Lane’s other outfits are similarly telling of her psychological state. When William tells her that her cherished Russell has sold her to another band for $50 and a crate of beer, for example, and Lane so memorably wipes away a tear, asking with a grin, “what kind of beer”, she is wearing a transparent, ruffled blouse. “This was a very fragile blouse,” Heimann told Entertainment Weekly. “I think it took us, like, three days to make it. You could see through it. She actually didn’t have a bra on under that and I loved it for that moment. You could see through it, and there she was; she was trying to make lemonade out of lemons.”

Only twice does Lane trade in her hippie garms for something markedly different: once when she shows up to the restaurant where Russell is sitting with his wife (the precursor to her Quaalude overdose), and again at the end as she buys her long-dreamt-of ticket to Morocco. In the first instance she wears a bright turquoise mini-dress, with a decorated trim and her hair up, for once, in a chignon. This she accompanies with knee-high, lace-up boots in beige suede and covered in tiny jewels. This is Lane attempting to play grown-up and show Russell what he’s missing out on but she’s broken her own rule – “never take it seriously” – and inevitably ends up getting hurt. Her final outfit – an elegant black dress, black straw hat and black-rimmed sunglasses – represents Lane’s embarking upon a new chapter, leaving her past behind. “She’s playing another part,” Heimann explained of the look. “She’s playing Audrey Hepburn. She’s grown up a lot through the course of the film, and realised that her life is worth something. It’s not defined by what others think of her… Now she’s going to be an exotic American woman visiting a foreign land, just like in an Audrey Hepburn movie. It’s just another way of her expressing herself with an outer persona.”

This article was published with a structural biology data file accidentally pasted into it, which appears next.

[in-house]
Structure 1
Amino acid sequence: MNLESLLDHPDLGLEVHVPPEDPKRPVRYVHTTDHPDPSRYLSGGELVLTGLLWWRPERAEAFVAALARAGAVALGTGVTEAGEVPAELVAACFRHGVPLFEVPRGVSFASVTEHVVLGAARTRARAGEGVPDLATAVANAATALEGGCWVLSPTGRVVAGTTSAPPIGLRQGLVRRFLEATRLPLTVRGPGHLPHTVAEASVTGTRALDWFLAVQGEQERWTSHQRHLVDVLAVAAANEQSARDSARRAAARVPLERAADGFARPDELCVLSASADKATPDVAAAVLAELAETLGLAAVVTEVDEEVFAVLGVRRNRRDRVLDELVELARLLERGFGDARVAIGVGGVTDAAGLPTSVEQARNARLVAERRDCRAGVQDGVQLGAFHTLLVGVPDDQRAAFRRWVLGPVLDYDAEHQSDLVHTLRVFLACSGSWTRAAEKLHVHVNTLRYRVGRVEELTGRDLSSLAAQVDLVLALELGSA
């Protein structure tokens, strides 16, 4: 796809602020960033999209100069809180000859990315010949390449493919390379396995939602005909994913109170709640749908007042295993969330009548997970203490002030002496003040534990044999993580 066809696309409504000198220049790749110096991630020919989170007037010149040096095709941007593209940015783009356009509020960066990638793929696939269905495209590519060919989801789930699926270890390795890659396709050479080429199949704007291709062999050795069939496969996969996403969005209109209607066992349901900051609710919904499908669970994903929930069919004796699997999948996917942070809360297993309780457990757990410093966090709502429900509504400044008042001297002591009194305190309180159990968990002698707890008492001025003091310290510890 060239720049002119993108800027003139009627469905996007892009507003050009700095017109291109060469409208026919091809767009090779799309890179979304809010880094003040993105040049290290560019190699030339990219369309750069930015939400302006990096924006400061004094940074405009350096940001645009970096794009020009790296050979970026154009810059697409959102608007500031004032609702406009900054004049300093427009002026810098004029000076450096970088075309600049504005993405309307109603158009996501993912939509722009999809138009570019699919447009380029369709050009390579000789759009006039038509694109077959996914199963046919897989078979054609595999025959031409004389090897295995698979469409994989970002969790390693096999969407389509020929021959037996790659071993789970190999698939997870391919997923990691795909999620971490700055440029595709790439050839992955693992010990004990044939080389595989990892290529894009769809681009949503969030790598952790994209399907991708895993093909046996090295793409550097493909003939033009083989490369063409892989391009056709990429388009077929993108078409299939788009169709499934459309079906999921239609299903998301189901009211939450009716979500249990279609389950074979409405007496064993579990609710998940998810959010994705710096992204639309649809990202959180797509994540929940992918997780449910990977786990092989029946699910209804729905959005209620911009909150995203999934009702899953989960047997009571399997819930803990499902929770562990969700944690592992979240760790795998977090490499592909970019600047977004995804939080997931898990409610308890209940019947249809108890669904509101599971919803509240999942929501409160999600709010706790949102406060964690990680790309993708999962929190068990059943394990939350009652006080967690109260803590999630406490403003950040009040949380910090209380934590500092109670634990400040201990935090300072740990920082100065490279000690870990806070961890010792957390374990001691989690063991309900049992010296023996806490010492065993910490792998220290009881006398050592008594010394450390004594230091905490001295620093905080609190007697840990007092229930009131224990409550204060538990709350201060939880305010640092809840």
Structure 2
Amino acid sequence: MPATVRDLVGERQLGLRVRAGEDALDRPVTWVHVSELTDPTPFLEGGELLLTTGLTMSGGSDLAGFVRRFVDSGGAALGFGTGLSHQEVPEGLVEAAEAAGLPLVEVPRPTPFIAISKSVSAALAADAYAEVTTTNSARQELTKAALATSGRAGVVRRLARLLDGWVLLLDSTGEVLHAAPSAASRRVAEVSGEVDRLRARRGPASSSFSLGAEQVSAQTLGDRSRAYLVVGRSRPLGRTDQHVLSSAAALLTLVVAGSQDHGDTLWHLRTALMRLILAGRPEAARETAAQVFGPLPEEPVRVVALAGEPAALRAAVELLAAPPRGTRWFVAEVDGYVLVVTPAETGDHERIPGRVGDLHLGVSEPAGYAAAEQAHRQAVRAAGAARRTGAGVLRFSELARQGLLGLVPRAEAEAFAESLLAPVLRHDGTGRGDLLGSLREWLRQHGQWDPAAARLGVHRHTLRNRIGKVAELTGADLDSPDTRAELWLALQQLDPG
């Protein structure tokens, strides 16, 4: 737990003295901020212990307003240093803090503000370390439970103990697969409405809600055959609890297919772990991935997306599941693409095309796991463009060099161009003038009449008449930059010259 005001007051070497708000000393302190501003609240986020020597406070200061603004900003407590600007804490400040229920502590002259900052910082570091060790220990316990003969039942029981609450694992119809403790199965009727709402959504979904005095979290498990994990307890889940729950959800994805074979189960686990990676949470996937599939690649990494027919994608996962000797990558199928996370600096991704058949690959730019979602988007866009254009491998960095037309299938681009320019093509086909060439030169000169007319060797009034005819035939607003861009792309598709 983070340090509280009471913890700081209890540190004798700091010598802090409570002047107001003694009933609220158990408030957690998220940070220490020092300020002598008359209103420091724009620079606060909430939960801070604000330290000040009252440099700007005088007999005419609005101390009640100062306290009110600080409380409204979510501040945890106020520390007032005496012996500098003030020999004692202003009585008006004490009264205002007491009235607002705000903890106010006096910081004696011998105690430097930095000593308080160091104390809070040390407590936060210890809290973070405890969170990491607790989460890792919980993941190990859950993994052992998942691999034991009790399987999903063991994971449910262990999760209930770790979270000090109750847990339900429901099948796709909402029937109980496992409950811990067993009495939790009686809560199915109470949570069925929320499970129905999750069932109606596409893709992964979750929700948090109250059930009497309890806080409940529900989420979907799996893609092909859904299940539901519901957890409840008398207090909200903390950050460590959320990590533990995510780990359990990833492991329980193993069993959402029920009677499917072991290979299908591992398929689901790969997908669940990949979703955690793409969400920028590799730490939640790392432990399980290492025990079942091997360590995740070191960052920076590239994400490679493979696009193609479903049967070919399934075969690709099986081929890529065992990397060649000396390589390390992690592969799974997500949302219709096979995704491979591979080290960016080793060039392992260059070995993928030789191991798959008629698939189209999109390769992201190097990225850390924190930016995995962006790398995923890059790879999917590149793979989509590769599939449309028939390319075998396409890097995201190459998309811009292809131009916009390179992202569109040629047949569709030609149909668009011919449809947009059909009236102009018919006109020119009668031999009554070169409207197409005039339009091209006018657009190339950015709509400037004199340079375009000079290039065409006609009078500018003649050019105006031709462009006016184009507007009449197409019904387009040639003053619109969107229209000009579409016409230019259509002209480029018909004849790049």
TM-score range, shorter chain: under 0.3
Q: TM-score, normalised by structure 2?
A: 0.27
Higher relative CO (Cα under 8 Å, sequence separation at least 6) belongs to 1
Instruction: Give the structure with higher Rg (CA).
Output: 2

The Modern Manifestation
The 1970s have been enjoying a distinct revival on the runway over the past couple of years, with everyone from Alessandro Michele to Diane von Furstenberg and Hedi Slimane extolling the virtues of a flared, high-waisted trouser, lots of leather and suede, embroidered, loose flowing blouses, knee-high boots and so forth; while Instagram feeds around the world continue to celebrate the style heyday of 70s sirens Bianca Jagger, Mia Farrow, Bebe Buell (the singer, model and musicians’ muse upon whom Lane’s character was loosely based) et al. Thus Penny Lane’s Band Aid attire remains very much de rigueur, and happily easy to channel, over 40 years after the film was set (NB: you will still have to sew your own coat, however). But more than that, it is Lane’s attitude and determined romance, combined with her style, that has sealed her fate as one of cinema’s best loved characters: she invests herself 100% in her passions and is determined to live life in a world of her own making, using her clothes as a vital tool to do so.